Turnaround Investing Blog

George Putnam, one of the country's leading turnaround and distressed investing professionals, shares his timely insight on the economy and turnaround investing opportunities.

Fifth Anniversary of 2008-09 Stock Market Low: Looking for Laggards Poised to Rebound

Excerpted from March 2014 Issue

March 9, 2014 was the fifth anniversary of the low point in the 2008-09 stock market meltdown. The S&P 500 stock index closed on that day at 676.53, and since then it has risen by 172% (not including dividends). Of course, some stocks have risen even further than the index, and others have performed less well.

Being contrarians, we are not inclined to chase the winners. Instead we like to sift through the losers, looking for stocks that have been left behind but still represent good value. In that spirit we combed through the stocks in the S&P 500 that have performed the worst since the market bottomed out on March 9, 2009. The nine value stock picks revealed in our contrarian newsletter represent a diversified group of businesses with solid rebound & profit potential. Learn more about these bull market dregs seeking to turnaround.

Speaking of anniversaries, MarketWatch also recognized this 5-year marker of the Bull Market--reminding investors that a reliable advisor is more important than ever in these turbulent times. In "Celebrating Bulls Lose Sight of Bearish Picture," Mark Hulbert notes, "Assuming the next decade will not be materially different than the last 14 years, it will be more important than ever to follow a good adviser. Handsome returns in the stock market will be achievable--but they will be harder to come by, since the market itself will not be providing as hospitable an environment as was the case for most of the last century. " Hulbert article also cites The Turnaround Letter's top performer rating--with 13.1% annualized returns since March 2000, noting "...the news isn’t all bad. Some of the advisers monitored by the Hulbert Financial Digest have done very well, thank you, despite the mediocre environment over the last 14 years." View MarketWatch's full stock advice article here.

Read More Distressed Investing Blog Entries

Identify & Profit from Distressed Investing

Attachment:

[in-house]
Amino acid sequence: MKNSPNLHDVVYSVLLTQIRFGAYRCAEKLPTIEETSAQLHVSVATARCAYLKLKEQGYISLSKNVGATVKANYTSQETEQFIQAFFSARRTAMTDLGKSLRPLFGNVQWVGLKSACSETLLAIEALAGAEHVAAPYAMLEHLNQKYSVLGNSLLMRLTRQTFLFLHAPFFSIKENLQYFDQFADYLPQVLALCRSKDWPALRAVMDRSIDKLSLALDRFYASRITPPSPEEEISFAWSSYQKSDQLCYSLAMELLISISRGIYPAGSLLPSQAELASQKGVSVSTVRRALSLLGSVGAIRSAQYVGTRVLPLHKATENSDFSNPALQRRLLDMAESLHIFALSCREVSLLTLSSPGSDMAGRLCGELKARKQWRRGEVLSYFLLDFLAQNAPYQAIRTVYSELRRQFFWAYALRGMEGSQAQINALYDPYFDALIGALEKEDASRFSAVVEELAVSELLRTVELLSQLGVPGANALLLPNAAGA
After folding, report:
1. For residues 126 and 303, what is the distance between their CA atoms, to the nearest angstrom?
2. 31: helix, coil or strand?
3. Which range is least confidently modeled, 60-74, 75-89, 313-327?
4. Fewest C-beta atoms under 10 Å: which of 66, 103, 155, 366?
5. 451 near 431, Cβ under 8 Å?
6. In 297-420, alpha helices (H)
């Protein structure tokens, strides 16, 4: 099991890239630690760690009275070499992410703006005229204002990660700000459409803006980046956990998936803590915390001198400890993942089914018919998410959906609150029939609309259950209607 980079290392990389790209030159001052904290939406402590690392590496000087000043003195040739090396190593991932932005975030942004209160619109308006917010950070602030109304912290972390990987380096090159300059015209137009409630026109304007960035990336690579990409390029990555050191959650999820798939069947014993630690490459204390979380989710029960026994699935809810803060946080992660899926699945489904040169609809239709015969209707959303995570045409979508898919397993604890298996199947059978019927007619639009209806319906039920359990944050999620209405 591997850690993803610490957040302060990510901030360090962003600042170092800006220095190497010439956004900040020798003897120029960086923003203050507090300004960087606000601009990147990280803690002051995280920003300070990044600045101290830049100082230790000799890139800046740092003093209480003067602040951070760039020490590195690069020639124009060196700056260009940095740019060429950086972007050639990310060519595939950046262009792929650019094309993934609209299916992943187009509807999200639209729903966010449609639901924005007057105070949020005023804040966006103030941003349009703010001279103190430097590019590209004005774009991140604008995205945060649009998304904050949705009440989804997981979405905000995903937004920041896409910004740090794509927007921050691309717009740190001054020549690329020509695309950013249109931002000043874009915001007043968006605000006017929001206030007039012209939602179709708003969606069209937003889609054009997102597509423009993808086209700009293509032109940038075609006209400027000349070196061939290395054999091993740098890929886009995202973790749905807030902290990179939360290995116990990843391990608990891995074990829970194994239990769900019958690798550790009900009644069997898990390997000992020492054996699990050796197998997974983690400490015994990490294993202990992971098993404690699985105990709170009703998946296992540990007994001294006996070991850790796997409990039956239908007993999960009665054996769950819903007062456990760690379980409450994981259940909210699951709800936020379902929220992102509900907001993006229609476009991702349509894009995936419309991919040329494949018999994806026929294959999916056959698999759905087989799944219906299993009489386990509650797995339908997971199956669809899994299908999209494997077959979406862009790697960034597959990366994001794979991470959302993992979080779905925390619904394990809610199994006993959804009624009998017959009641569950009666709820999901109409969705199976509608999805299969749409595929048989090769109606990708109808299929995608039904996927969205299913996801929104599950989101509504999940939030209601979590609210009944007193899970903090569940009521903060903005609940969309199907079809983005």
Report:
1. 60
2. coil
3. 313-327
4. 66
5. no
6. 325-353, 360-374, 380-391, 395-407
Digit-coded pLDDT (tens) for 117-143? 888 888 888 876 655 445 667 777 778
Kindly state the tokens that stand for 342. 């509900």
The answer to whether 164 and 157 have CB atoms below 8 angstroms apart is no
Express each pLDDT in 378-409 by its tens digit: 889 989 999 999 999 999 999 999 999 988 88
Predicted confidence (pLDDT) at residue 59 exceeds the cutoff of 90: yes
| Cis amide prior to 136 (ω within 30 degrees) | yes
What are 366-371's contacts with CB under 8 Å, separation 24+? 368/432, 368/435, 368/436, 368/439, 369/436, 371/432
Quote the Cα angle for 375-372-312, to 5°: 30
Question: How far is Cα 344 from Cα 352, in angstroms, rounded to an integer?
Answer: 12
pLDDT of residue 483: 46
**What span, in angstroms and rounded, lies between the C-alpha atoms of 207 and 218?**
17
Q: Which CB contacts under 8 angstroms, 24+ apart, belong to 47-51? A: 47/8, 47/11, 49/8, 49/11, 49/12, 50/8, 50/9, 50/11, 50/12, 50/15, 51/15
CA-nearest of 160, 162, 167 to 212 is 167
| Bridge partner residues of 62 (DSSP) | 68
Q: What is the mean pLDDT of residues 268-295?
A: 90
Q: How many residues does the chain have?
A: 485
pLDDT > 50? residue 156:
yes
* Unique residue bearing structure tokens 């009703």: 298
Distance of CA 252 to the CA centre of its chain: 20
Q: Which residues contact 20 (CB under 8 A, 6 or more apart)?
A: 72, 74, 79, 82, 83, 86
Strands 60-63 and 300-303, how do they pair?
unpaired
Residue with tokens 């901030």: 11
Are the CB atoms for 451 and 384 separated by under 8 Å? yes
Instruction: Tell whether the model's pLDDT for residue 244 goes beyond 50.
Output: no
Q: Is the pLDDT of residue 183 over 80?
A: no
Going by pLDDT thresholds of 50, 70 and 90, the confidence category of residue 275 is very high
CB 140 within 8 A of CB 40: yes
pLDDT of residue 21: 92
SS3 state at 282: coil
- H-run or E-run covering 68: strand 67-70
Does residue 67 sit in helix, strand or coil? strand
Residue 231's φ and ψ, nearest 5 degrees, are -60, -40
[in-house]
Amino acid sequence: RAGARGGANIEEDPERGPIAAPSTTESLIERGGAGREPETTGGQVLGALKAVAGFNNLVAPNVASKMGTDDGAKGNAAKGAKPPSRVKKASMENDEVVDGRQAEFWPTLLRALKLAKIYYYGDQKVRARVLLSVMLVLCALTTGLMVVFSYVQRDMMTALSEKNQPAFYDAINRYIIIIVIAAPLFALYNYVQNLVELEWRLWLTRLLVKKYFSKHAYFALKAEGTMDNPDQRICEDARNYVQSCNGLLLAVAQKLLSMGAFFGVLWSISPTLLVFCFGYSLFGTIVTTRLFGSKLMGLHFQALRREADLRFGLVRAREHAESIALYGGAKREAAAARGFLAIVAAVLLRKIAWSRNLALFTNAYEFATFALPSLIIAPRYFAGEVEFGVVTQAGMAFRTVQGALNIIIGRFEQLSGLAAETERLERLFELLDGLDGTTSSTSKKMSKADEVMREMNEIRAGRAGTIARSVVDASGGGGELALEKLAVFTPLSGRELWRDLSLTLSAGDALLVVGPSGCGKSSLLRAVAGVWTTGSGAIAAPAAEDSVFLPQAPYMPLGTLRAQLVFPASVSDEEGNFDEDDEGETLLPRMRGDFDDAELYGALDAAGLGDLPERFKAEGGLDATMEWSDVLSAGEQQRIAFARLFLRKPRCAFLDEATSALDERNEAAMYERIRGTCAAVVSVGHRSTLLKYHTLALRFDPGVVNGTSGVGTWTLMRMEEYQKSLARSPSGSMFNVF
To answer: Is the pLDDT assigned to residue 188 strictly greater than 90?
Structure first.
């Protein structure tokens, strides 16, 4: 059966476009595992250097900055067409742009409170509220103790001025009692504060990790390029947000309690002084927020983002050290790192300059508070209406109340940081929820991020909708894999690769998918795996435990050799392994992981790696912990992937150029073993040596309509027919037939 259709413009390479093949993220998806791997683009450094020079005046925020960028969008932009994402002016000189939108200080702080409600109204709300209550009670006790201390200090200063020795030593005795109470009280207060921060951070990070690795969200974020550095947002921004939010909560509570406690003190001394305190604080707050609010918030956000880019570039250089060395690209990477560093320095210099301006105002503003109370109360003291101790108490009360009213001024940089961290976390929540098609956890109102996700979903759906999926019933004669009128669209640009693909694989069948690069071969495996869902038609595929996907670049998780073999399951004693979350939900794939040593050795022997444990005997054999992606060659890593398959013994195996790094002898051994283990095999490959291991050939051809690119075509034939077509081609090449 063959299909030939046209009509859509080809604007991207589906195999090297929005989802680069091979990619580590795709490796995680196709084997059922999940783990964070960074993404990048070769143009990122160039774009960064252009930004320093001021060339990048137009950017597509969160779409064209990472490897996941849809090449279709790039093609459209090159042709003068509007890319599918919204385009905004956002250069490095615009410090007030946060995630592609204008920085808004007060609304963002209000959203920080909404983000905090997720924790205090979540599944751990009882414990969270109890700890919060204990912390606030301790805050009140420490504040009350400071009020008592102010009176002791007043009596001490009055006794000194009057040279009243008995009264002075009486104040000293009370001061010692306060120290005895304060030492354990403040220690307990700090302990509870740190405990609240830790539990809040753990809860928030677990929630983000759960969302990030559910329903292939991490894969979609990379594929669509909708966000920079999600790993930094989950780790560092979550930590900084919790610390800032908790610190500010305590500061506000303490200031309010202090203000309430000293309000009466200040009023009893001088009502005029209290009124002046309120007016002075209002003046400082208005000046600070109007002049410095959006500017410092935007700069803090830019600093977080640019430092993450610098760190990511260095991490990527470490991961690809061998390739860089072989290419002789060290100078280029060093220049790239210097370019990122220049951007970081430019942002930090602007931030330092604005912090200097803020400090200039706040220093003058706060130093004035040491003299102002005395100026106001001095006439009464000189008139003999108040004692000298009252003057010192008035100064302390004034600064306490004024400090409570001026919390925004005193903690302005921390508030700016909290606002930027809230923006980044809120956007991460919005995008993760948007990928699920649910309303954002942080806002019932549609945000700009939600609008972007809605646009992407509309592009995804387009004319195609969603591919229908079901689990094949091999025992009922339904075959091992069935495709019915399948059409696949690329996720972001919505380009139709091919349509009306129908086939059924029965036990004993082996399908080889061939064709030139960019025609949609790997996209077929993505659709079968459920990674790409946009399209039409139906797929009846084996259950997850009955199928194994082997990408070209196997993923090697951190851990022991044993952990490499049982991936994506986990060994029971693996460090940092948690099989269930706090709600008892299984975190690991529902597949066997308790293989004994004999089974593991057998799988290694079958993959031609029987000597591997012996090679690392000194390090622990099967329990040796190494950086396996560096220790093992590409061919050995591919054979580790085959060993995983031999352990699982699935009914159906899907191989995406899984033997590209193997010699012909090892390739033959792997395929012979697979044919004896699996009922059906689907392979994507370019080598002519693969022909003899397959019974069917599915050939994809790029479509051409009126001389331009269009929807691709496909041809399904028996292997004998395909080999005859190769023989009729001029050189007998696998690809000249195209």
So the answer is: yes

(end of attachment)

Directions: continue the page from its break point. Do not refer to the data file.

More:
Free Report: Distressed Investing

Turnaround Investing Blog

Turnaround Investing Blog

Return of Volatility? No, Return of "Normal"

Sizeable market moves can increase the temptation to sell on downdrafts and buy on upswings; however, we strongly advise against attempting to do that. The chances of getting out at the right time and then back in again before the market rebounds are extremely slim. Read More.

Harnessing Activists to Help Find Turnaround Stocks

Activist investors often produce attractive returns for their clients; and you can still use their influence to help your position as a turnaround investor in two ways: Buy a position in a stock with the expectation that an activist will soon follow or buy after an activist takes a stake.


Value Investing


While one of the many dozens of activist funds might find their way to selecting your particular stock, this approach is likely to be frustrating and unrewarding. A better approach is to buy after the activist makes their move. Once an activist takes a stake in a company, how do you evaluate whether it is worthwhile to follow on? Admittedly, this is a bit of an art... Learn how you can harness the power of activist investors to find market-beating turnaround stocks.

Turnaround Letter Stock Pick Named Top Performer of 2017


stock market advicex


What Last Year's Top Stock Pickers Are Buying in 2018


This Forbes write-up follows up on the recent Top Stock Tips report--naming The Turnaround Letter's Crocs recommendation the top performer of 2017: With 90% gains, CROX beat out 100 other investment ideas included in the report; and the stock continues to have value investing appeal, according to Putnam.


George notes, "We see additional upside for the stock in 2018 as management's efforts continue to bear fruit, though the gains will likely be more muted than we saw in 2017."